Speaking in a completely aseptic way, strictly holding onto what the game offers, the “first layer”, the plot talks about how James is forced to face his past. His story is that of a boy who grew without a mom with an abusive father that hates him because his wife died during childbirth. Driven by his circumstances, he manages to escape from that house thanks to his sister Lily, who is a little older than him. Both siblings are really close to eachother, since James is very young and she plays the role of mother figure to him. They often play pirates, and Lily promises that she will always be within him. They run off to a ship that had stopped at their city and live as stowaways. It is super tough for them, but at least they are together… until Lily dies at a terrible fire in the ship.

That is what the game tells. However, if the player starts the game again, they will soon notice there is much more behind it.

One of the keys is The director. This character, at the end of each act, puts the player in compromising situations in which they are forced to choose between two available options. Duality. If one chooses to do as he says, the situation folds up easily. However, doing the opposite, the game forces the player to repeat once and again, suggesting that disobeying is wrong, trying to make them surrender to doing as he says.
Another key is the dressing room. It is full, again, with signs that point at duality, this time explicitly male/female. James’ dressing room is filled with clothing both for women and for men. In fact, sometimes during the game, James’ shadow can be seen. Sometimes it shows two people, sometimes it casts a female figure, others a male one.

There are loads of details like these in the game, such as the fact that, upon receiving damage, James groans in a feminine voice. Once in a while, the player can find documents that expose this duality theme, such as James’ autographs – sometimes dressed as a woman, sometimes as a man-. Towards the end of the game, the player can do a small puzzle about filling in gaps that says “You are so close to getting out. Whichever way you go, you or her, as long as you choose anything, is better than this place”.
On top of it all, also towards the end of the game, Lily (whose voice sounds all the time as conversations with her brother) begins to turn super hostile with James. She reprimands him for being a coward, for not having the bravery to face things. In one specific scene, Lily swears she will kill James and, through the very own gameplay, the game shows this explicitly.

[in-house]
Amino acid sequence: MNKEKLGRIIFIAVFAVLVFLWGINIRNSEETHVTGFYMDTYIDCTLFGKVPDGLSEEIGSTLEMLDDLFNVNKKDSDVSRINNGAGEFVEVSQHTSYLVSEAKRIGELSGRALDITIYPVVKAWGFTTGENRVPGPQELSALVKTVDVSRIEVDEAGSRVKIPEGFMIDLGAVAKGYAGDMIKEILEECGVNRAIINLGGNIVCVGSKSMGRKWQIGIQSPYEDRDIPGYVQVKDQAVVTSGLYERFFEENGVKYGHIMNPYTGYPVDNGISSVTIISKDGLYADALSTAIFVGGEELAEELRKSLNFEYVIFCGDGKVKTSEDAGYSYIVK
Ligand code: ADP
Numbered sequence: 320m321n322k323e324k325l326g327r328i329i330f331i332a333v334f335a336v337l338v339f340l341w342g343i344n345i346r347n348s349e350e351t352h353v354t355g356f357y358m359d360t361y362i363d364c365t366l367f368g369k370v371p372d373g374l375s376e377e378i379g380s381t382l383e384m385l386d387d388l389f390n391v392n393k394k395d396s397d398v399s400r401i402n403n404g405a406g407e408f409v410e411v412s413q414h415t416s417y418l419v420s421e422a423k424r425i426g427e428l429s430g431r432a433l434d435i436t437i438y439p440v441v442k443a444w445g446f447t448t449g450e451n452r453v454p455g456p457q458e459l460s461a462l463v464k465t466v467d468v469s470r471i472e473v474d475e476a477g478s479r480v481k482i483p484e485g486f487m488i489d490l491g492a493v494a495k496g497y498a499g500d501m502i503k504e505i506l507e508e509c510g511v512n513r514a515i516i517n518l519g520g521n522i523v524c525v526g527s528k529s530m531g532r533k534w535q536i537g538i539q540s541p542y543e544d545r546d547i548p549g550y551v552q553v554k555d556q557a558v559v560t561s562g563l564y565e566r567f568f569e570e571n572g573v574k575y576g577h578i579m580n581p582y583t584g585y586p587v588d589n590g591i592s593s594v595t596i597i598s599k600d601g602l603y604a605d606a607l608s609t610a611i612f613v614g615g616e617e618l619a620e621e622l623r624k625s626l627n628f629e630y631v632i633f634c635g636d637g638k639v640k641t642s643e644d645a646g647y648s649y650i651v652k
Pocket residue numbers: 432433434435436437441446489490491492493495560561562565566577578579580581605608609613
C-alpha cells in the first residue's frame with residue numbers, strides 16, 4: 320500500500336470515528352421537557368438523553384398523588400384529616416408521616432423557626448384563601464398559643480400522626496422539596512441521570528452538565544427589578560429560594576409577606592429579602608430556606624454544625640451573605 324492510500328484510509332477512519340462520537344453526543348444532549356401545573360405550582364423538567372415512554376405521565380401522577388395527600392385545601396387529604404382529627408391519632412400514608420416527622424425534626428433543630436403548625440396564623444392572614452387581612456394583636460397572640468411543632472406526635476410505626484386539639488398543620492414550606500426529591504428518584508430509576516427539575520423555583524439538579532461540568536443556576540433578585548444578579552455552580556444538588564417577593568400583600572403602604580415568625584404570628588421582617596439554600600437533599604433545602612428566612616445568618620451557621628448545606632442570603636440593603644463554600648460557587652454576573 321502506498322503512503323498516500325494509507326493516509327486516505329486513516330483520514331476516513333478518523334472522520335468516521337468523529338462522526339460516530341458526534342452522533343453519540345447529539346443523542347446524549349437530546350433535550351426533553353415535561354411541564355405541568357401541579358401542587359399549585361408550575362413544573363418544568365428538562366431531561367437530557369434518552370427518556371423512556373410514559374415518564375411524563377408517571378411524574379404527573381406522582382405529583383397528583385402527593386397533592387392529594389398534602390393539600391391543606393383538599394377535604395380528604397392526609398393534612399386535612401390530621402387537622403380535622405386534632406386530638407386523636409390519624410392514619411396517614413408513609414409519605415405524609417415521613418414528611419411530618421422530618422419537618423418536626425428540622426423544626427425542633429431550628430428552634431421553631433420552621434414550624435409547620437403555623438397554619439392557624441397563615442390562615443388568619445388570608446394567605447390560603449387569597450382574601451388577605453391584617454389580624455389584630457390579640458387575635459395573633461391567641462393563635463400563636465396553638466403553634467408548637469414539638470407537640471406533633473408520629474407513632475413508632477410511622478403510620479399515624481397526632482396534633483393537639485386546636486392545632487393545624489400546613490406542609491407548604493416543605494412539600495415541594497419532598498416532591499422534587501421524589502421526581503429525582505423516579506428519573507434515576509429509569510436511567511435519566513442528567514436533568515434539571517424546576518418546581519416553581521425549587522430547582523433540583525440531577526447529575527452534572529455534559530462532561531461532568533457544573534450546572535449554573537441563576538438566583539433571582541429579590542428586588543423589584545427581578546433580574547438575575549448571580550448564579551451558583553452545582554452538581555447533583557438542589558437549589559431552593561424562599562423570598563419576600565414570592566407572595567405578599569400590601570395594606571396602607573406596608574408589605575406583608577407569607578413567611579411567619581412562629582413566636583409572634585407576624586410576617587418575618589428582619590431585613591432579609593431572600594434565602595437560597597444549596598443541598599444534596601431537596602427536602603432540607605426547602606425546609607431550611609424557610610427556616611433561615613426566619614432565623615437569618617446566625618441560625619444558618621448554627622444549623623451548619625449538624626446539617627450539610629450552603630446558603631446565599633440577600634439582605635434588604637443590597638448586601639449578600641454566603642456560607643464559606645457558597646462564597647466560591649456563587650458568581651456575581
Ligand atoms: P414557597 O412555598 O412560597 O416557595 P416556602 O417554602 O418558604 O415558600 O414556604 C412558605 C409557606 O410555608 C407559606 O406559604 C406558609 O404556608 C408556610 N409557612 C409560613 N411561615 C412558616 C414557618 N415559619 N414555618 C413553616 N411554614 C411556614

James has gender dysphoria with split personality disorder that comes from his trauma after losing his sister. He became obsessed with that sentence about always living within him and, as he became older, he would always play with genders. Since he could not choose what nor who he was, he suffered from this depression that did not seem to have any kind of outcome.

The director is our society, what is expected from James. The director always forces James to do “the right thing“. Often, the player can read articles and notes that talk about James’ eccentric behaviour, how different people remind him that he should let go of such behaviour.
The formless man is James. He does not know what he is, who he is, he is a formless man. That pressure, that guilt from being sitting on the fence, not knowing what to do, what role to adopt in his life, it haunts and kills him.
In fact, as a personal opinion, I think it is possible that James is not even an actor, but rather he is trying to live his life and is forced to play a role as part of the society. A role he is not even comfortable with.

It is amazing to play this game several times, obey or disobey The director, discover its several options and endings. Each one of the three endings of this game is dedicated to one of its pillars: James, Lily and The formless man, depending on whether the player always obeys The director, always disobeys him or chooses a mix of choices.

To sum up, this is a game that can go unfairly unnoticed. Despite this, honoring its title, it has several layers that await to be discovered to reach the most interesting parts of the plot.

 

~Elisa